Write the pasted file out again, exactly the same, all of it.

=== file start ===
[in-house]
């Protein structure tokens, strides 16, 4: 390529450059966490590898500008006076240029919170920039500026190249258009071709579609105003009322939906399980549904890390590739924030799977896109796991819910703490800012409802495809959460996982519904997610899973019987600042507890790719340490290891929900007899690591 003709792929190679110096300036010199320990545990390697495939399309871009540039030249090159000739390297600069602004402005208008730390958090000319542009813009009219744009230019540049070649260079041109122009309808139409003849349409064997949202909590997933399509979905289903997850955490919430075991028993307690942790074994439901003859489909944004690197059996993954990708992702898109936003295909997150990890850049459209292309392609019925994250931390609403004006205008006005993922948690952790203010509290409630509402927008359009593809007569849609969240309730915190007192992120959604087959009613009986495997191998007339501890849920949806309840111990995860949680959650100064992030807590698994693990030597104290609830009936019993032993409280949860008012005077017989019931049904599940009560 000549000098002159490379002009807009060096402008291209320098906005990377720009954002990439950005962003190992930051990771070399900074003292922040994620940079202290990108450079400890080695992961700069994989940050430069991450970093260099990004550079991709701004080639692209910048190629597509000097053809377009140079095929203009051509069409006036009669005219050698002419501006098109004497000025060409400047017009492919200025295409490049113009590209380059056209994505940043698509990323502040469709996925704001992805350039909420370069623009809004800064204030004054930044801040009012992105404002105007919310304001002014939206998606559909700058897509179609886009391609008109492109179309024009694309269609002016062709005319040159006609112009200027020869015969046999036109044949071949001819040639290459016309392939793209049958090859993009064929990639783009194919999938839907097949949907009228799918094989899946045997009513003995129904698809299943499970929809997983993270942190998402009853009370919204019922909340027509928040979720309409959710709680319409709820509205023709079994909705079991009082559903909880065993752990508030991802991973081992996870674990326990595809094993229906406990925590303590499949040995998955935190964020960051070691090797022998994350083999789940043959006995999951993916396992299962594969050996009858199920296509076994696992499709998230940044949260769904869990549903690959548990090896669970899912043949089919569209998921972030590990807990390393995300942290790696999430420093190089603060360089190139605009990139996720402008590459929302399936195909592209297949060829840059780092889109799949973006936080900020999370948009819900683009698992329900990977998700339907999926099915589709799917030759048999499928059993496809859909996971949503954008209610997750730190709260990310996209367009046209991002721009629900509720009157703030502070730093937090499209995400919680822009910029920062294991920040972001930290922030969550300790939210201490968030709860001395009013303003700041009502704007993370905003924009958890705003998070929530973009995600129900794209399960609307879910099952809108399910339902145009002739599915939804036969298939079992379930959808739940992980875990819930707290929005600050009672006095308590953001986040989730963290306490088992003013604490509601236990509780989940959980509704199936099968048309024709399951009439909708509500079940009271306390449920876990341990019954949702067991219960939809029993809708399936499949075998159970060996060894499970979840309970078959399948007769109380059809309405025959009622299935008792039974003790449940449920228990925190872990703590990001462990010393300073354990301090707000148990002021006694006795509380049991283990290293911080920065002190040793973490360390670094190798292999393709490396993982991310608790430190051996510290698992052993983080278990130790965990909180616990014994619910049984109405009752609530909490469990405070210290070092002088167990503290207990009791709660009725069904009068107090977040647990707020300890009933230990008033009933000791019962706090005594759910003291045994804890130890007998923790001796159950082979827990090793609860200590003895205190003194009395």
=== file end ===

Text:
[in-house]
């Protein structure tokens, strides 16, 4: 390529450059966490590898500008006076240029919170920039500026190249258009071709579609105003009322939906399980549904890390590739924030799977896109796991819910703490800012409802495809959460996982519904997610899973019987600042507890790719340490290891929900007899690591 003709792929190679110096300036010199320990545990390697495939399309871009540039030249090159000739390297600069602004402005208008730390958090000319542009813009009219744009230019540049070649260079041109122009309808139409003849349409064997949202909590997933399509979905289903997850955490919430075991028993307690942790074994439901003859489909944004690197059996993954990708992702898109936003295909997150990890850049459209292309392609019925994250931390609403004006205008006005993922948690952790203010509290409630509402927008359009593809007569849609969240309730915190007192992120959604087959009613009986495997191998007339501890849920949806309840111990995860949680959650100064992030807590698994693990030597104290609830009936019993032993409280949860008012005077017989019931049904599940009560 000549000098002159490379002009807009060096402008291209320098906005990377720009954002990439950005962003190992930051990771070399900074003292922040994620940079202290990108450079400890080695992961700069994989940050430069991450970093260099990004550079991709701004080639692209910048190629597509000097053809377009140079095929203009051509069409006036009669005219050698002419501006098109004497000025060409400047017009492919200025295409490049113009590209380059056209994505940043698509990323502040469709996925704001992805350039909420370069623009809004800064204030004054930044801040009012992105404002105007919310304001002014939206998606559909700058897509179609886009391609008109492109179309024009694309269609002016062709005319040159006609112009200027020869015969046999036109044949071949001819040639290459016309392939793209049958090859993009064929990639783009194919999938839907097949949907009228799918094989899946045997009513003995129904698809299943499970929809997983993270942190998402009853009370919204019922909340027509928040979720309409959710709680319409709820509205023709079994909705079991009082559903909880065993752990508030991802991973081992996870674990326990595809094993229906406990925590303590499949040995998955935190964020960051070691090797022998994350083999789940043959006995999951993916396992299962594969050996009858199920296509076994696992499709998230940044949260769904869990549903690959548990090896669970899912043949089919569209998921972030590990807990390393995300942290790696999430420093190089603060360089190139605009990139996720402008590459929302399936195909592209297949060829840059780092889109799949973006936080900020999370948009819900683009698992329900990977998700339907999926099915589709799917030759048999499928059993496809859909996971949503954008209610997750730190709260990310996209367009046209991002721009629900509720009157703030502070730093937090499209995400919680822009910029920062294991920040972001930290922030969550300790939210201490968030709860001395009013303003700041009502704007993370905003924009958890705003998070929530973009995600129900794209399960609307879910099952809108399910339902145009002739599915939804036969298939079992379930959808739940992980875990819930707290929005600050009672006095308590953001986040989730963290306490088992003013604490509601236990509780989940959980509704199936099968048309024709399951009439909708509500079940009271306390449920876990341990019954949702067991219960939809029993809708399936499949075998159970060996060894499970979840309970078959399948007769109380059809309405025959009622299935008792039974003790449940449920228990925190872990703590990001462990010393300073354990301090707000148990002021006694006795509380049991283990290293911080920065002190040793973490360390670094190798292999393709490396993982991310608790430190051996510290698992052993983080278990130790965990909180616990014994619910049984109405009752609530909490469990405070210290070092002088167990503290207990009791709660009725069904009068107090977040647990707020300890009933230990008033009933000791019962706090005594759910003291045994804890130890007998923790001796159950082979827990090793609860200590003895205190003194009395």